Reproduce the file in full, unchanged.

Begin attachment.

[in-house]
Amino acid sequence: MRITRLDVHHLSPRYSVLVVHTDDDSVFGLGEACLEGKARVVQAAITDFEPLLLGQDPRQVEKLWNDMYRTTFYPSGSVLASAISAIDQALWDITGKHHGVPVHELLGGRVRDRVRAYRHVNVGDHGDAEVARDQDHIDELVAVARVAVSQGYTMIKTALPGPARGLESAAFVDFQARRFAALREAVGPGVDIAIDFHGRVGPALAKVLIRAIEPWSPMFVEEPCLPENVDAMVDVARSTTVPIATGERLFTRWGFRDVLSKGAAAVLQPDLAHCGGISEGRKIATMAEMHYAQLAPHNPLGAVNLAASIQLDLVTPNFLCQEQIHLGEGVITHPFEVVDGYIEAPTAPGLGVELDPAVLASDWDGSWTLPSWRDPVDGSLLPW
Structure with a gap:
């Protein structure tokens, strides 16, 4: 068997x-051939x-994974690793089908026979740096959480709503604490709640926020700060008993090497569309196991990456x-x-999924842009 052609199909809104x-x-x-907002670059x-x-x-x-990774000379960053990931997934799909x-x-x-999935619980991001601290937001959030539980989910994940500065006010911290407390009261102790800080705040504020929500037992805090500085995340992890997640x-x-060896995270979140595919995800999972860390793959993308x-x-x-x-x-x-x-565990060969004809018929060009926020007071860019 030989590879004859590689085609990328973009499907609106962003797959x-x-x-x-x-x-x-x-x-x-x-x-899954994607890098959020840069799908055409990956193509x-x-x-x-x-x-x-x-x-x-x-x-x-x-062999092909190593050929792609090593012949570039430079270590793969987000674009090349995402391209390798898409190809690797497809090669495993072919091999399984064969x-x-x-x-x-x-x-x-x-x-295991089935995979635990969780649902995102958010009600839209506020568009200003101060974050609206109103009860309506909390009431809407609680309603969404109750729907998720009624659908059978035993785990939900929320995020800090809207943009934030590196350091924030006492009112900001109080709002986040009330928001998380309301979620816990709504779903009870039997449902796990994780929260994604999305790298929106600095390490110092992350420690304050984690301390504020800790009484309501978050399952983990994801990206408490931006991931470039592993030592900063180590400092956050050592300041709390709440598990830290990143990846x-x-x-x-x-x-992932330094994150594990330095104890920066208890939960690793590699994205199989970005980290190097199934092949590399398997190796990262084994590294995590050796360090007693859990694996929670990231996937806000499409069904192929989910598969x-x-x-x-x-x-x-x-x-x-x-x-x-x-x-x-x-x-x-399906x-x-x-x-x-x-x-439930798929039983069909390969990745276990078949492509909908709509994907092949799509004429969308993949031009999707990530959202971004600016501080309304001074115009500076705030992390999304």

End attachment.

[in-house]
Amino acid sequence: MRITRLDVHHLSPRYSVLVVHTDDDSVFGLGEACLEGKARVVQAAITDFEPLLLGQDPRQVEKLWNDMYRTTFYPSGSVLASAISAIDQALWDITGKHHGVPVHELLGGRVRDRVRAYRHVNVGDHGDAEVARDQDHIDELVAVARVAVSQGYTMIKTALPGPARGLESAAFVDFQARRFAALREAVGPGVDIAIDFHGRVGPALAKVLIRAIEPWSPMFVEEPCLPENVDAMVDVARSTTVPIATGERLFTRWGFRDVLSKGAAAVLQPDLAHCGGISEGRKIATMAEMHYAQLAPHNPLGAVNLAASIQLDLVTPNFLCQEQIHLGEGVITHPFEVVDGYIEAPTAPGLGVELDPAVLASDWDGSWTLPSWRDPVDGSLLPW
Structure with a gap:
């Protein structure tokens, strides 16, 4: 068997x-051939x-994974690793089908026979740096959480709503604490709640926020700060008993090497569309196991990456x-x-999924842009 052609199909809104x-x-x-907002670059x-x-x-x-990774000379960053990931997934799909x-x-x-999935619980991001601290937001959030539980989910994940500065006010911290407390009261102790800080705040504020929500037992805090500085995340992890997640x-x-060896995270979140595919995800999972860390793959993308x-x-x-x-x-x-x-565990060969004809018929060009926020007071860019 030989590879004859590689085609990328973009499907609106962003797959x-x-x-x-x-x-x-x-x-x-x-x-899954994607890098959020840069799908055409990956193509x-x-x-x-x-x-x-x-x-x-x-x-x-x-062999092909190593050929792609090593012949570039430079270590793969987000674009090349995402391209390798898409190809690797497809090669495993072919091999399984064969x-x-x-x-x-x-x-x-x-x-295991089935995979635990969780649902995102958010009600839209506020568009200003101060974050609206109103009860309506909390009431809407609680309603969404109750729907998720009624659908059978035993785990939900929320995020800090809207943009934030590196350091924030006492009112900001109080709002986040009330928001998380309301979620816990709504779903009870039997449902796990994780929260994604999305790298929106600095390490110092992350420690304050984690301390504020800790009484309501978050399952983990994801990206408490931006991931470039592993030592900063180590400092956050050592300041709390709440598990830290990143990846x-x-x-x-x-x-992932330094994150594990330095104890920066208890939960690793590699994205199989970005980290190097199934092949590399398997190796990262084994590294995590050796360090007693859990694996929670990231996937806000499409069904192929989910598969x-x-x-x-x-x-x-x-x-x-x-x-x-x-x-x-x-x-x-399906x-x-x-x-x-x-x-439930798929039983069909390969990745276990078949492509909908709509994907092949799509004429969308993949031009999707990530959202971004600016501080309304001074115009500076705030992390999304």